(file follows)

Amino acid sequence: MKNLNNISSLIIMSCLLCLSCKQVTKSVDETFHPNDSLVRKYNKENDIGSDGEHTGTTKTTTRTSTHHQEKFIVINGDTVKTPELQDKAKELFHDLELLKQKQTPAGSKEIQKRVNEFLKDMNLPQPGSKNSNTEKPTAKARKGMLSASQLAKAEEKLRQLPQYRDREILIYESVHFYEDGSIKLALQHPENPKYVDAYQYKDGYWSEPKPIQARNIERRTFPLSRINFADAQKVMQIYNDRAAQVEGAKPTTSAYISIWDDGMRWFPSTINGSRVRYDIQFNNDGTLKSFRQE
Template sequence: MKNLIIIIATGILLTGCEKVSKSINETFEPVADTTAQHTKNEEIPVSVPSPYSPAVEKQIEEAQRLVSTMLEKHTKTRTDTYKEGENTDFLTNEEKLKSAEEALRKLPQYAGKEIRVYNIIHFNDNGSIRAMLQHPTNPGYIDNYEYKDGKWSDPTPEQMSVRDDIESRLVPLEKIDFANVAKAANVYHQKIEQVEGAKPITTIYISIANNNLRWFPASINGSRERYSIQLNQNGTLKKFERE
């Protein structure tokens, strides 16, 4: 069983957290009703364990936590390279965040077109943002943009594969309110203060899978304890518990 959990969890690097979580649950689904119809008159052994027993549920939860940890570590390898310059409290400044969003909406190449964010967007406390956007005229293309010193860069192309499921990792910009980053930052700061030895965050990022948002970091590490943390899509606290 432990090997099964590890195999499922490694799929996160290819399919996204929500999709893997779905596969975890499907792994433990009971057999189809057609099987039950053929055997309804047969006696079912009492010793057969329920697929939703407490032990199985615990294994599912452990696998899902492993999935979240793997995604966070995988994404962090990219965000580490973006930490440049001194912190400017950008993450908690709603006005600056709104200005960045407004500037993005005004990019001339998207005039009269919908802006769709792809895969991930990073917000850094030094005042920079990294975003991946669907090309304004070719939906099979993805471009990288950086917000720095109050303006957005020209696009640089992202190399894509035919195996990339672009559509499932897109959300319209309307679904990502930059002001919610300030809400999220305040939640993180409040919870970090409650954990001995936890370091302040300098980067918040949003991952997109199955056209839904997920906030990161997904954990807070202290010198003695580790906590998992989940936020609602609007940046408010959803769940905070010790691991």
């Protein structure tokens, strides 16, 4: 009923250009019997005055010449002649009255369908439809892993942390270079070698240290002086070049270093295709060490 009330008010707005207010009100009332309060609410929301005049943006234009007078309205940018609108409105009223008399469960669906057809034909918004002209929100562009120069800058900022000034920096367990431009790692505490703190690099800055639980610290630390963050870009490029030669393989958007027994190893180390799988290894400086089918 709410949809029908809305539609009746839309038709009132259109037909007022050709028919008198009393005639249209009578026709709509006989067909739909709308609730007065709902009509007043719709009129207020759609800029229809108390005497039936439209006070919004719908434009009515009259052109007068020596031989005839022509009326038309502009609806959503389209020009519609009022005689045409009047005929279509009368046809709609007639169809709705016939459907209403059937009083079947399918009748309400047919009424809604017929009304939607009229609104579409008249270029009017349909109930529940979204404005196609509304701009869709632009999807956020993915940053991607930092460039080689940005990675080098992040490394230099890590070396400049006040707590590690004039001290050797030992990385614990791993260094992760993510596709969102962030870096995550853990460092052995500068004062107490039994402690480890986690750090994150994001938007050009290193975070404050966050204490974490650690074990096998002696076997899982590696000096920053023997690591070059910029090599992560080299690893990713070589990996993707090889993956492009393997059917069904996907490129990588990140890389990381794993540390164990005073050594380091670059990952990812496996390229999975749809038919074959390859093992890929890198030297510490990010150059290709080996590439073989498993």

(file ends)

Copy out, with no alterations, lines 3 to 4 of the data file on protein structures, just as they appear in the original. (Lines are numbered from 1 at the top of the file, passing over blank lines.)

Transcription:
């Protein structure tokens, strides 16, 4: 069983957290009703364990936590390279965040077109943002943009594969309110203060899978304890518990 959990969890690097979580649950689904119809008159052994027993549920939860940890570590390898310059409290400044969003909406190449964010967007406390956007005229293309010193860069192309499921990792910009980053930052700061030895965050990022948002970091590490943390899509606290 432990090997099964590890195999499922490694799929996160290819399919996204929500999709893997779905596969975890499907792994433990009971057999189809057609099987039950053929055997309804047969006696079912009492010793057969329920697929939703407490032990199985615990294994599912452990696998899902492993999935979240793997995604966070995988994404962090990219965000580490973006930490440049001194912190400017950008993450908690709603006005600056709104200005960045407004500037993005005004990019001339998207005039009269919908802006769709792809895969991930990073917000850094030094005042920079990294975003991946669907090309304004070719939906099979993805471009990288950086917000720095109050303006957005020209696009640089992202190399894509035919195996990339672009559509499932897109959300319209309307679904990502930059002001919610300030809400999220305040939640993180409040919870970090409650954990001995936890370091302040300098980067918040949003991952997109199955056209839904997920906030990161997904954990807070202290010198003695580790906590998992989940936020609602609007940046408010959803769940905070010790691991």
């Protein structure tokens, strides 16, 4: 009923250009019997005055010449002649009255369908439809892993942390270079070698240290002086070049270093295709060490 009330008010707005207010009100009332309060609410929301005049943006234009007078309205940018609108409105009223008399469960669906057809034909918004002209929100562009120069800058900022000034920096367990431009790692505490703190690099800055639980610290630390963050870009490029030669393989958007027994190893180390799988290894400086089918 709410949809029908809305539609009746839309038709009132259109037909007022050709028919008198009393005639249209009578026709709509006989067909739909709308609730007065709902009509007043719709009129207020759609800029229809108390005497039936439209006070919004719908434009009515009259052109007068020596031989005839022509009326038309502009609806959503389209020009519609009022005689045409009047005929279509009368046809709609007639169809709705016939459907209403059937009083079947399918009748309400047919009424809604017929009304939607009229609104579409008249270029009017349909109930529940979204404005196609509304701009869709632009999807956020993915940053991607930092460039080689940005990675080098992040490394230099890590070396400049006040707590590690004039001290050797030992990385614990791993260094992760993510596709969102962030870096995550853990460092052995500068004062107490039994402690480890986690750090994150994001938007050009290193975070404050966050204490974490650690074990096998002696076997899982590696000096920053023997690591070059910029090599992560080299690893990713070589990996993707090889993956492009393997059917069904996907490129990588990140890389990381794993540390164990005073050594380091670059990952990812496996390229999975749809038919074959390859093992890929890198030297510490990010150059290709080996590439073989498993």